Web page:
I always seem to want to run faster and jump higher in platformer and adventure games. I was thinking back over some of my favorite games and I think every single one of them would be improved by some combination of one or both of these attributes. I’m wondering if there was ever an example of when the developers truly indulged their audience in this desire, and what the results were like.
Of course, if you’re going to run absurdly fast, it should be mapped to a button, like running in SMB 1 - 3 and SMW was, and if you’re going to jump absurdly high, it should be a double or triple-jump. But still, I see no reason they shouldn’t be options.
In Super Mario 3 and World, at least being able to jump super high had a nice side benefit: Finding secret ledges and nooks and such. At least two of the three 3-Up Moons in SMW could only be found via very high jumping.
Let’s put it this way, in the Second Zone of Sonic II (Chemical Plant) it is entirely possible to go so fast the screen can’t keep up. In Sonic 3 Hydrocity Zone you can run on top of water (they actually brought this back in Rush, I think, and I know you can do it in Holoska in Unleashed). If you don’t know the levels the speed shoes upgrade can be suicide you go so fast (and in Sonic 1 Springyard Zone you can use it + a ramp to JUMP OVER THE LEVEL and finish it in under 16 seconds, that vid is 28 but I think the world record is 15).
Sonic is really about momentum more than speed. Knowing when to slow down is also a skill speedrunners use. IIRC Metropolis Zone is pretty much instadeath if you try any hold right bullshit for half of it. The only real knock I have on the early Sonic games are the second Sandopolis level in 3&K (I always forget where to jump on the slides to get off) and the last boss of 2, which screamed “we ran out of ways to make this game harder”. So yes, it’s very fun, Chemical Plant and Springyard Zone are the only levels I really know of where stuff like that works so well, you can use it in other places, but it’s more about exploring and timing jumps (the game is really good at teasing you with platforms just out of reach for “next time.”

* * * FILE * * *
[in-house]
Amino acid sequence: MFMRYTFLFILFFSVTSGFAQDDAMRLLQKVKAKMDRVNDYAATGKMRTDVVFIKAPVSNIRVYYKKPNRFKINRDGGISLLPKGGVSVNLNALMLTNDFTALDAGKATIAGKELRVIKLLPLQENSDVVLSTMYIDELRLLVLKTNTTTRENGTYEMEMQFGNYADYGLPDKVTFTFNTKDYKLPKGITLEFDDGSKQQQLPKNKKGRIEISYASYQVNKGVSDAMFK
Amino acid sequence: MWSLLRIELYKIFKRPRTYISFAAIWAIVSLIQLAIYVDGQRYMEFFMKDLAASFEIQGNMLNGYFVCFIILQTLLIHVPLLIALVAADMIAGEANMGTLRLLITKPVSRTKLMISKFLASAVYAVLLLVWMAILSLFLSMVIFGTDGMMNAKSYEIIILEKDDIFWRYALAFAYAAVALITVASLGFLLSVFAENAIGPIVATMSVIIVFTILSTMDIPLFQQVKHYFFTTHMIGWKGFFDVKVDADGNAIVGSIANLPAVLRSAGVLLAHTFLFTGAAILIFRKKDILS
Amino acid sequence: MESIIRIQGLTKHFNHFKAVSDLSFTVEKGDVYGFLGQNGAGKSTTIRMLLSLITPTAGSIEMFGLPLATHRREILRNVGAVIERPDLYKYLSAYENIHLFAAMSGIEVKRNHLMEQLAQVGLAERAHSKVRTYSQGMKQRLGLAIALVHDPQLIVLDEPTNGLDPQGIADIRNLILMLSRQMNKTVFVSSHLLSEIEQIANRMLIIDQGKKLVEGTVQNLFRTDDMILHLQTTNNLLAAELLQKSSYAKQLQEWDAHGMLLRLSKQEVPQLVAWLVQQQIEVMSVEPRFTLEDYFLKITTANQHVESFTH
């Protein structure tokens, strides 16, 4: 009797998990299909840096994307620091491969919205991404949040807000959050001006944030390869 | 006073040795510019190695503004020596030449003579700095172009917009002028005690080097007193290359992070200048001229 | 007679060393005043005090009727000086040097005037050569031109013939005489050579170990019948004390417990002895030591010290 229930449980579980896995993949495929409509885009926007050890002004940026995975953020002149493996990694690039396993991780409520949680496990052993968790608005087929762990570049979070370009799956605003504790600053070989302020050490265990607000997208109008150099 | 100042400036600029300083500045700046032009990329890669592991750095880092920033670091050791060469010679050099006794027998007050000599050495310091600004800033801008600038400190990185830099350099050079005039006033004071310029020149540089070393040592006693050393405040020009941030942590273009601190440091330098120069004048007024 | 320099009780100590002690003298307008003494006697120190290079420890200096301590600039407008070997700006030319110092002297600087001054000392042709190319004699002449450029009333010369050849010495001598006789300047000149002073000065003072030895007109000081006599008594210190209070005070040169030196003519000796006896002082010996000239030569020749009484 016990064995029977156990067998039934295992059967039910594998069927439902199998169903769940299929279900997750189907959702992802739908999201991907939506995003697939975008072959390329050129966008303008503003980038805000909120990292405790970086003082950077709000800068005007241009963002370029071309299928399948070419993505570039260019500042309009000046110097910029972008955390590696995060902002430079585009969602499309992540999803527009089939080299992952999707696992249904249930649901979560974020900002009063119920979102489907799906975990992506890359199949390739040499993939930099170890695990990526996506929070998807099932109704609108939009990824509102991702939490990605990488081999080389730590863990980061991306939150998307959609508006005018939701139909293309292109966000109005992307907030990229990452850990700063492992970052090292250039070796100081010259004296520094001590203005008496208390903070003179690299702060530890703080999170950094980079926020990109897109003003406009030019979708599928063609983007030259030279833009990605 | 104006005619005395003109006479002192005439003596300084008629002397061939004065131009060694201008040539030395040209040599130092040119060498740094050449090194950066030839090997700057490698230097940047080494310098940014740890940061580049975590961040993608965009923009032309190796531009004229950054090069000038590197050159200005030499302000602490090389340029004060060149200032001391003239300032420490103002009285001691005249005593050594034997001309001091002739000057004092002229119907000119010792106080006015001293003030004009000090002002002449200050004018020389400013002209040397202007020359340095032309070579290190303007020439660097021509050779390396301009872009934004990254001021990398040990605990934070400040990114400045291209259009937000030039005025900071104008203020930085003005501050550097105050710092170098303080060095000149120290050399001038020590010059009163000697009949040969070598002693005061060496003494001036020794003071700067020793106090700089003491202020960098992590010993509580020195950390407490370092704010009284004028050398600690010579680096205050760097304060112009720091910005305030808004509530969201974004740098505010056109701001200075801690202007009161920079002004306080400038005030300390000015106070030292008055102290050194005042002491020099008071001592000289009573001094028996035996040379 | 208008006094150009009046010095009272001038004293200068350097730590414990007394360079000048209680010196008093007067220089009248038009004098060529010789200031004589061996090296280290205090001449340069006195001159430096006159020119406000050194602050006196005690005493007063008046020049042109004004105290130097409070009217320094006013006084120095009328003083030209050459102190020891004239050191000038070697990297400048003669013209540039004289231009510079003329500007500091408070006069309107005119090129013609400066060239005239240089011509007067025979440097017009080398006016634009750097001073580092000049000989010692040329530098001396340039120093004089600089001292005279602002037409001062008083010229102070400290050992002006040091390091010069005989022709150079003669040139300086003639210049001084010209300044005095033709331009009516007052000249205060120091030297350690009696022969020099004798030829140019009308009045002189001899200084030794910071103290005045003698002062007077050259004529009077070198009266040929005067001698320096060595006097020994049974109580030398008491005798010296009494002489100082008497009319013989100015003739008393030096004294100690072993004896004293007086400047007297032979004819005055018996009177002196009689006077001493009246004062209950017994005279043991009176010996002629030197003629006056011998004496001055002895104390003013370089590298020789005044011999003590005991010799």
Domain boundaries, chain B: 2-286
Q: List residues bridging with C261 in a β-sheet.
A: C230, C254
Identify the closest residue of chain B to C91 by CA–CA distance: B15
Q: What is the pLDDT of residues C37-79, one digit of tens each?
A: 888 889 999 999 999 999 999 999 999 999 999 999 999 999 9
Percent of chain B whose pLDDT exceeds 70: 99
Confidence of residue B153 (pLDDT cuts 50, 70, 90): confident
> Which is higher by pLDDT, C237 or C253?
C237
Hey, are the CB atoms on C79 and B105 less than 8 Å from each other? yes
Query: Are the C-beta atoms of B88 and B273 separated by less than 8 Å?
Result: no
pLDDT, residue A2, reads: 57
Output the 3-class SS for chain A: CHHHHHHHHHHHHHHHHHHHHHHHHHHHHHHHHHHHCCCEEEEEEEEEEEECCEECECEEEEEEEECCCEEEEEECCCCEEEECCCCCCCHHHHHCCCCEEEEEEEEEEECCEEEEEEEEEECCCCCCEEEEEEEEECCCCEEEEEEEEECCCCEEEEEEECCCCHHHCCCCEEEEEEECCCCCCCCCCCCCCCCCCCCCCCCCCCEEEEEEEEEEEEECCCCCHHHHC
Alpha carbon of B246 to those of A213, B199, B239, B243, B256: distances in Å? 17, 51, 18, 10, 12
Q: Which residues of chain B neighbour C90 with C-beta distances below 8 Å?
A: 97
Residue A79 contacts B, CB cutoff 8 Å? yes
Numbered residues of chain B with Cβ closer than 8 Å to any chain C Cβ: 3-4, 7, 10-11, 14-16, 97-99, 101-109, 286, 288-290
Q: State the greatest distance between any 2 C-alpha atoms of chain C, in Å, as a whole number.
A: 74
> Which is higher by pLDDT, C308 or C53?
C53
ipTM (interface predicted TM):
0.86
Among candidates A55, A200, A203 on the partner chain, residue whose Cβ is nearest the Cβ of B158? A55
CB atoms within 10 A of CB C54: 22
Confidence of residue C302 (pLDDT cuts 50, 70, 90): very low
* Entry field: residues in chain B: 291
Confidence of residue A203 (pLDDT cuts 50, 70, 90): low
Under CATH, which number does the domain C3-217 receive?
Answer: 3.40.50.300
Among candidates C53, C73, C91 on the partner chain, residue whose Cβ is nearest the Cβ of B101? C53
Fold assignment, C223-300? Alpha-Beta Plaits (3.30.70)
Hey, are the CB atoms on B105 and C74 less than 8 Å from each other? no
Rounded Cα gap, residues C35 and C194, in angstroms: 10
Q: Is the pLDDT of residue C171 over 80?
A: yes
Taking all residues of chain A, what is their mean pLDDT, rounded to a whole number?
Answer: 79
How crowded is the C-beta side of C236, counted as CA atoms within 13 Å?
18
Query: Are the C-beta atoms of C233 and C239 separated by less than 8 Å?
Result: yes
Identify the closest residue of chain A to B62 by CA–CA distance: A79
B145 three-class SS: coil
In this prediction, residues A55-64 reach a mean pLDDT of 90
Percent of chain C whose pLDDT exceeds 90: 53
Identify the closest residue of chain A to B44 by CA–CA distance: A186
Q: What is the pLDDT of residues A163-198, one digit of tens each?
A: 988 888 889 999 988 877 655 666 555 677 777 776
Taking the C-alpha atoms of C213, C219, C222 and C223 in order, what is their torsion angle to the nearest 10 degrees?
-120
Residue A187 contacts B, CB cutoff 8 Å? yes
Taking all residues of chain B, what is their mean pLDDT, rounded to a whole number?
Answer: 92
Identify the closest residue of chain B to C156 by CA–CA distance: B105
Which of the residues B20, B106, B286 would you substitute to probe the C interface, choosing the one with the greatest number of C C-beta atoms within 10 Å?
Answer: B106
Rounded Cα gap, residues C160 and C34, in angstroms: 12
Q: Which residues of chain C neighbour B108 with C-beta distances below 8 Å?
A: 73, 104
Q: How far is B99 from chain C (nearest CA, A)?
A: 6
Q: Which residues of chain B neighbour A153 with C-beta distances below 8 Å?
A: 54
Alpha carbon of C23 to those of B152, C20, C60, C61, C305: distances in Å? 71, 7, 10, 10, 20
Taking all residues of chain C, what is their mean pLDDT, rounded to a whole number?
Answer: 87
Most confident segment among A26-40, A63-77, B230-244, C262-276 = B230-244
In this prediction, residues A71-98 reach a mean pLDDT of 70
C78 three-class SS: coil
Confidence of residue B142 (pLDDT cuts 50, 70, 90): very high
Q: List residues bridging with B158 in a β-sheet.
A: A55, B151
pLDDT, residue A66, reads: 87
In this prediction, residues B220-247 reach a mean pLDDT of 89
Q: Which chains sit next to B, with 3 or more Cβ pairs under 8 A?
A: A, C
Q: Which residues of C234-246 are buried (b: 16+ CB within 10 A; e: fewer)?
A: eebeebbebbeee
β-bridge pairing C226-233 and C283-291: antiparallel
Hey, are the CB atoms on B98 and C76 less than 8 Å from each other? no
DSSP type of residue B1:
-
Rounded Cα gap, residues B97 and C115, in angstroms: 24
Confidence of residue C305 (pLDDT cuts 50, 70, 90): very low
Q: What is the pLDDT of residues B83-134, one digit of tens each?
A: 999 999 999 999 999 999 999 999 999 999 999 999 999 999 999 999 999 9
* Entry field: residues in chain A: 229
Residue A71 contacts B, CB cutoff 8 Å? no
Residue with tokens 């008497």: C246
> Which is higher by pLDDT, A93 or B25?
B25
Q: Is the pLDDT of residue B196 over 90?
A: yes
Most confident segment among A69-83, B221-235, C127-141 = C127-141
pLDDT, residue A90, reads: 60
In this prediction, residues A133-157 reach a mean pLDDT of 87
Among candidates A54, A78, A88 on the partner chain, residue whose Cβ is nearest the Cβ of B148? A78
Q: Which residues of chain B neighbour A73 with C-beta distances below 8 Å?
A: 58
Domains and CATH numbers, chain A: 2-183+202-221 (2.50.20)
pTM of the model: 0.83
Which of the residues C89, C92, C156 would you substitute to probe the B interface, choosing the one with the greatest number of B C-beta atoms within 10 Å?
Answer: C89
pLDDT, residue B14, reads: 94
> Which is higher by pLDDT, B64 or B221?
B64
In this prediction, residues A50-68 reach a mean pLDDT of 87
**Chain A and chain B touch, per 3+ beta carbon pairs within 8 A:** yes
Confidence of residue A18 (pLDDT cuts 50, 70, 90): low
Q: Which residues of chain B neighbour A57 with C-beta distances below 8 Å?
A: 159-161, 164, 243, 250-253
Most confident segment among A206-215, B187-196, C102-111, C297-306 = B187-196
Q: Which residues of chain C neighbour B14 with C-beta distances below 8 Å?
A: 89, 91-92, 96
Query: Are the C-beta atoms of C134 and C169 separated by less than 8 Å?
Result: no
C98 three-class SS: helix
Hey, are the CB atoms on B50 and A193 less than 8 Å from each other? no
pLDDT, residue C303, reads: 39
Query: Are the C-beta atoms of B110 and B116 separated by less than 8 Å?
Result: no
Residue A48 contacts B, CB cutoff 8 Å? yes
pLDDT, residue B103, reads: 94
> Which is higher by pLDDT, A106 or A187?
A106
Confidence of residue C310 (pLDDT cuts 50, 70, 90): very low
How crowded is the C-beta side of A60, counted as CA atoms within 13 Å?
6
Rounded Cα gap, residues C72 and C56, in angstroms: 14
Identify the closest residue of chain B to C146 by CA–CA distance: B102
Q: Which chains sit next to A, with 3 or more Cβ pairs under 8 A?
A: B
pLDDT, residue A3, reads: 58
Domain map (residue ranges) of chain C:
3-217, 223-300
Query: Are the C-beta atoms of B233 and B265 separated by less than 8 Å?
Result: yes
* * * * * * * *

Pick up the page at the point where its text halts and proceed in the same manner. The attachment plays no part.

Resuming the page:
There were a couple of them, but the original Sonic Mega Collection contains the bulk of his 2D adventures (with the only notable exception being Sonic CD), which can be found on its sequel Sonic Gems Collection.
Yeah, Sonic Mega Collection (All the original Genesis games + 3D blast) and Sonic Gems Collection (Sonic CD, the Game Gear games, and the two Sonic titles we never speak of. It also has Vectorman!). I heard some of the music was changed in Mega (the best ones Ice Cap and Launch Base) though, but the internet says it was only on the PC collection, so I’m not sure, since I don’t have Mega and can’t check. If it was I’d recommend just getting an coughemulatorcough or the VC versions which I don’t think are altered, but I’ll defer to anyone who actually can check.
And yes, the music is that good that it would be worth it to pursue other avenues. Just check out the sheer massiveness of this article:
Not to mention it has one of the most popular internet radio stations and I’m pretty sure there’s an OC Remix group entirely dedicated to remixing the Ice Cap Zone Act I music ALONE.
Well, good old Sonic games. The Advance/Rush series is still good and the Adventure Games aren’t exactly Satan’s Instrument either, but they’re a much different style so it’s more of a “good in their own right” than saying good Sonic games, a lot like comparing Mario 64 to Super Mario Bros 1. I won’t even touch Heroes and above because of the danger of those discussions…
Actually the Rush games (and Advance? Can’t recall) do have something from the OP (so does Unleashed), it actually has a “make me go faster” button tied to a gauge you fill up by doing tricks and destroying enemies. It’s still dangerous, and luckily the games follow the 2D Sonic formula well so you more often take a longer path if you fail rather than dying (well… until you get to Altitude Limit and above, those stages are HARD sometimes).